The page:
Visitors

San Luis, Arizona, is one of the fastest growing cities in Arizona, it is located at the Southwest corner of the State of Arizona and right at the border with San Luis Rio Colorado, Sonora, Mexico and California. Visitors cross the border between both cities on a daily basis, creating a sense of fluidity that impacts all aspects of life, culture, language, heritage, environment and most importantly economy. Shopping in San Luis provides a range of diverse retails stores that are located in the downtown adjacent to the border. Shopping in the Mexican border town is always a favorite, and the open air markets in these town offers Mexican souvenirs, dentist, doctors, and pharmacies within walking distance from the border. San Luis rich heritage and cultural appeal makes this city a unique community. San Luis border celebrations include the 4th of July event promises to be filled with patriotic fun, including live music and one of the best fireworks display in the Desert Southwest! The off-road expo show is held in May and provides a range of live music, beer garden, food court, and the best toys around.

Our sister City of San Luis Rio Colorado, Sonora, Mexico welcomes all visitors to their safe and beautiful city. San Luis R. C. has a variety of cultural activities, events, and night clubs. In addition, commercial and medical facilities are located close to the border for visitor’s convenience.

San Luis is the gateway to the Sea of Cortez where, “Golfo de Santa Clara” is merely seventy miles south of the border that offers abundant recreational opportunities such as recreational driving, sailing, swimming and great seafood restaurants. The new coastal highway “La Costera” an 83 mile toll road connects Puerto Peṅasco “Rocky Point” to El Golfo de Santa Clara making a safe passage for visitors wanting to experience beautiful beaches, quality resorts, cruises, deep sea fishing, snorkeling, kayaking, scuba diving, and the famous Harley Davison bike rally among the few activities to experience.

Travel Times:
  • El Golfo: 1 hour
  • Puerto Peñasco: 2 ½ hours

Border Cross Information:
Passport

Citizens of Canada and other countries should bring passports from their country of origin - plus a visa if one was required for your original entry into the United States.

U.S. citizens should bring one of the following:
  • U.S. passport - This is the internationally recognized travel document that verifies a person's identity and nationality, accepted for travel by air, land and sea.
  • U.S. passport card - This new, limited-use travel document fits into your wallet and costs less than a passport, but is only valid for travel by land and sea.
  • Enhanced driver’s license - Several states and Canadian provinces are issuing special drivers licenses that denote both identity and citizenship specifically for cross-border travel by land or sea. Check Web site below for issuing states.
  • Trusted traveler program cards - Enrollment cards from the NEXUS, SENTRI or FAST programs are issued to approved, low-risk travelers for travel by land or sea or to airports with a NEXUS kiosk.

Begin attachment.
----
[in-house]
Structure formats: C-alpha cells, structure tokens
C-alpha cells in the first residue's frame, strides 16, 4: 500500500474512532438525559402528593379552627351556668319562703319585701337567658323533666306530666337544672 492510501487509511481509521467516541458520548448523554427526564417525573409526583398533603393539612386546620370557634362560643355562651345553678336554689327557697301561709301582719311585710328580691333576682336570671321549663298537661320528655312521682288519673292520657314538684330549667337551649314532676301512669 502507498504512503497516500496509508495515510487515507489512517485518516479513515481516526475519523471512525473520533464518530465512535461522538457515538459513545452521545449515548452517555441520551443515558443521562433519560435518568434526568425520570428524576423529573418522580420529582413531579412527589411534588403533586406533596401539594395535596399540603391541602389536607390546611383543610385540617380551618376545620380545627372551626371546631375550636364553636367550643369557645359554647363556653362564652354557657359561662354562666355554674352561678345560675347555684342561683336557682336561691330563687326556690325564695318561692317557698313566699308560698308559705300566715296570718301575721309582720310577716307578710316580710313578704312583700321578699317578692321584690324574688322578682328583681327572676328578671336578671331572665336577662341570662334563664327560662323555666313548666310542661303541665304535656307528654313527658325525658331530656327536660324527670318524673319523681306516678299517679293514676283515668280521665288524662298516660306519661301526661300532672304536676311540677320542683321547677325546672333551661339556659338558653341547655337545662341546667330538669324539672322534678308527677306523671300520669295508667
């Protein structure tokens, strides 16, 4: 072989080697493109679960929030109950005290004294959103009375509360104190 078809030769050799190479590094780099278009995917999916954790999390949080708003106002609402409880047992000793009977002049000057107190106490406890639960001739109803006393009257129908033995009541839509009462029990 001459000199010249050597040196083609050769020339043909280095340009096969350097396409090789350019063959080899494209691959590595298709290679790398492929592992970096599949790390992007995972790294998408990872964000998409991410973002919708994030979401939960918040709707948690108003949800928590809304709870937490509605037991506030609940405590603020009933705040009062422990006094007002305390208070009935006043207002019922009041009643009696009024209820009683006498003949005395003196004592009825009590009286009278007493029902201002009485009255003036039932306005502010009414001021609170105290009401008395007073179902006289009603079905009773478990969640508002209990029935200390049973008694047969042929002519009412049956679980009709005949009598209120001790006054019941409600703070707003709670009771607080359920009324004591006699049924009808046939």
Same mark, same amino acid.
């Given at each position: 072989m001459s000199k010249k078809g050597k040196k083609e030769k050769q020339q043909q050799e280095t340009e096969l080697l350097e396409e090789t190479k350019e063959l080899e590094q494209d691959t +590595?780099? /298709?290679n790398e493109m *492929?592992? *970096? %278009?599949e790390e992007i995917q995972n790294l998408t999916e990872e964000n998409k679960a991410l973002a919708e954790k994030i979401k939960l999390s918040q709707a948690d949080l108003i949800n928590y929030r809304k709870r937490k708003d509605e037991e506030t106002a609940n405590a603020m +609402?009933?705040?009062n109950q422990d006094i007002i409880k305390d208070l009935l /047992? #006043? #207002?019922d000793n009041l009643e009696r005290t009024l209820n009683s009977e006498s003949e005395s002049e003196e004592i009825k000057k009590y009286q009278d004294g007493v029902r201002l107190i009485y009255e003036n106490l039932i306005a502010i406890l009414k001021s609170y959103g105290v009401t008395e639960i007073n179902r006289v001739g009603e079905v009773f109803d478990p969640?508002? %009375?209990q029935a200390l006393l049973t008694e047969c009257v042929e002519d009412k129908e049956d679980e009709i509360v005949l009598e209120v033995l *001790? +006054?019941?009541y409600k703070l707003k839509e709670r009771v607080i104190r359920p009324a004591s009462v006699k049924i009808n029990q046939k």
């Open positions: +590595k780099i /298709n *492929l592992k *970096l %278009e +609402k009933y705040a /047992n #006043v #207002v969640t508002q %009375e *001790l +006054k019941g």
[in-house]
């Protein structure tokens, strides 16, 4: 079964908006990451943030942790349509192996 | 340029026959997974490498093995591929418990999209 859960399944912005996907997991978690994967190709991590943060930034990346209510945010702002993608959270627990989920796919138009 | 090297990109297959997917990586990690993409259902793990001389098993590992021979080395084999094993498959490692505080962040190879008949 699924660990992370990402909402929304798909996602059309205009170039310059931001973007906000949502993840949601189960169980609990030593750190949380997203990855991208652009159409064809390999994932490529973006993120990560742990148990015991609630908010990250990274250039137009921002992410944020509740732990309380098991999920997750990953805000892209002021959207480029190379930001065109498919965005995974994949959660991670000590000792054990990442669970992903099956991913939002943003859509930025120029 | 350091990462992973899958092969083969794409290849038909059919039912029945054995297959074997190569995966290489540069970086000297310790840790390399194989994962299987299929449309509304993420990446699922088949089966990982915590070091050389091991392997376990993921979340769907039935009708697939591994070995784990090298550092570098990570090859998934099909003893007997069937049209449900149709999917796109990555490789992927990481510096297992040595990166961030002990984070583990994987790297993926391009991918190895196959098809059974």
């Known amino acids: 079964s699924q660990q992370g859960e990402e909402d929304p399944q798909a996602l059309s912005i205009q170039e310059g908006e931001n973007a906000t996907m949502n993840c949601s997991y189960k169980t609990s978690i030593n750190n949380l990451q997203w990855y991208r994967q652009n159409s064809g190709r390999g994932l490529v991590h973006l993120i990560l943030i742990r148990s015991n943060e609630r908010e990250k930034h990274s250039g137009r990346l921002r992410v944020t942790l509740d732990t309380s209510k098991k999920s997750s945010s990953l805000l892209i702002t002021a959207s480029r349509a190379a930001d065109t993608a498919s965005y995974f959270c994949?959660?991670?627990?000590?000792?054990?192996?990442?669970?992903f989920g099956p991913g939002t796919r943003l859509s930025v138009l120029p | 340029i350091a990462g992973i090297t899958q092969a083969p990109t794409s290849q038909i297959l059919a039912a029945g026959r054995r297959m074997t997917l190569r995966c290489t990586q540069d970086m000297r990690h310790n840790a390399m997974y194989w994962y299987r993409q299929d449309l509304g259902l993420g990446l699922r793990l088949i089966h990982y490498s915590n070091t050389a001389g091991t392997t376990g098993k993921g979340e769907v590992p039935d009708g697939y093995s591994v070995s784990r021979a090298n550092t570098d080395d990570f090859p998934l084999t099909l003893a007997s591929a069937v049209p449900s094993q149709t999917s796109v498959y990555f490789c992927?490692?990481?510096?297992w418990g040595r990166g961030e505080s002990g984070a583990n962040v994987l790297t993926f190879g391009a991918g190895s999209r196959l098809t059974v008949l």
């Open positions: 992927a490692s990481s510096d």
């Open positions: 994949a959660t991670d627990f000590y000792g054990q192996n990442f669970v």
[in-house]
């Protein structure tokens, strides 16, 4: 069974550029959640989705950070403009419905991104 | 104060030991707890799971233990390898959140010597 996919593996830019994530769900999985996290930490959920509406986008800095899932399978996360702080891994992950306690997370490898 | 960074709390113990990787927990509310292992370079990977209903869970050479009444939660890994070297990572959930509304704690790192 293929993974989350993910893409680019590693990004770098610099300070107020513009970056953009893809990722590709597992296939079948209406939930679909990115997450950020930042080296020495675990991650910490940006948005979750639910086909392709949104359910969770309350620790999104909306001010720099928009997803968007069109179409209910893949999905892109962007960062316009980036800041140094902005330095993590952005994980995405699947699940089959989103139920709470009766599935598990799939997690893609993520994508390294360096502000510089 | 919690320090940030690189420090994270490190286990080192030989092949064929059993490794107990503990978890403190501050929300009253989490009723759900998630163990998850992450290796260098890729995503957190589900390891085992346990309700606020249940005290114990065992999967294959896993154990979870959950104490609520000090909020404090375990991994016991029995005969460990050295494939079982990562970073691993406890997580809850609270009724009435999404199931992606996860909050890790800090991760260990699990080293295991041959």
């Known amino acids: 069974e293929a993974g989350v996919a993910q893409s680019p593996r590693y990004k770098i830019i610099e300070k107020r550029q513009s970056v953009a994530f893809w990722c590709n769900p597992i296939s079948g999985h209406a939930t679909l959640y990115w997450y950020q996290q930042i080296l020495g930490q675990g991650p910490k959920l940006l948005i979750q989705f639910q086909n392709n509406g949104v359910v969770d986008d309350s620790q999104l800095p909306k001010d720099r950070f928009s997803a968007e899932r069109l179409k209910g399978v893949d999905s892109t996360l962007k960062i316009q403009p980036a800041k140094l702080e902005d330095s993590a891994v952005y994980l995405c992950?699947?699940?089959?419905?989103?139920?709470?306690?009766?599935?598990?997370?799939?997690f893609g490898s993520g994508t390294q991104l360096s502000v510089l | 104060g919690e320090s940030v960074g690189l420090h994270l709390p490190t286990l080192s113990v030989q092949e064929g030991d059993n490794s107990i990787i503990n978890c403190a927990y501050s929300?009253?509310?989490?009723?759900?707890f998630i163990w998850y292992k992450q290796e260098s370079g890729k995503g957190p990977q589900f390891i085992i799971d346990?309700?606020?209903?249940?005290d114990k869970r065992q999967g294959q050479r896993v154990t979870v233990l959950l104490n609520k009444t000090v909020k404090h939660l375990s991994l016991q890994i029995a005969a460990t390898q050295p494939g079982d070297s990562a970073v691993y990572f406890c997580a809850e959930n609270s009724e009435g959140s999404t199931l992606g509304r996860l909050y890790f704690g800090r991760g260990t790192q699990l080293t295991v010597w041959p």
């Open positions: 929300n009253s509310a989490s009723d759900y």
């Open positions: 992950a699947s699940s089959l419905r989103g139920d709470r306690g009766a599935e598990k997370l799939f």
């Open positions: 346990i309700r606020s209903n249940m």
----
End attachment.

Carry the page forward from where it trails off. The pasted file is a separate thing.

• U.S. and Canadian citizen children under the age of 16 may also present an original or copy of a birth certificate, a Consular Report of Birth Abroad, a Naturalization Certificate, or a Canadian Citizenship Card.
  • U.S. lawful permanent residents document requirements have not changed - present a permanent resident card (Form I-551) or other valid evidence of permanent residence status.
  • Other requirements may apply for groups such as Native Americans, military traveling on official orders or merchant mariners - check with authorities in advance.
  • Need more info? Visit www.getyouhome.gov
Items allowed back to the United States:
  • U.S. residents must declare purchases when re-entering the country, even from a day trip to Mexico.
  • If you have not used your duty-free exemption in the past 30 days, you may bring back $800 worth of items for your personal or household use, including - if you're 21 -- not more than one carton of cigarettes and 100 non-Cuban cigars and one liter of alcohol.
  • If you have used any part of your duty-free exemption within 30 days, different rules apply. If in doubt, ask U.S. border officials before you cross and buy more.
  • Prescription drugs:
  • As a matter of law, U.S. law prohibits "importation" of prescription drugs from outside the United States. But as a matter of enforcement, an exception is generally made for declared purchases of FDA-approved drugs in amounts reasonable for "personal use" (usually a 60 to 90-day supply).
  • If your prescription contains a narcotic or other controlled substance, you may need a prescription from a Mexican doctor to purchase it - and one from a U.S. doctor to bring it back across the border. For details, see www.fda.gov or www.cbp.gov.
  • There are risks associated with buying drugs in Mexico. Before you do, talk to your doctor and do some homework to find out how to minimize those risks.
For more information about traveling to Mexico, please visit the following: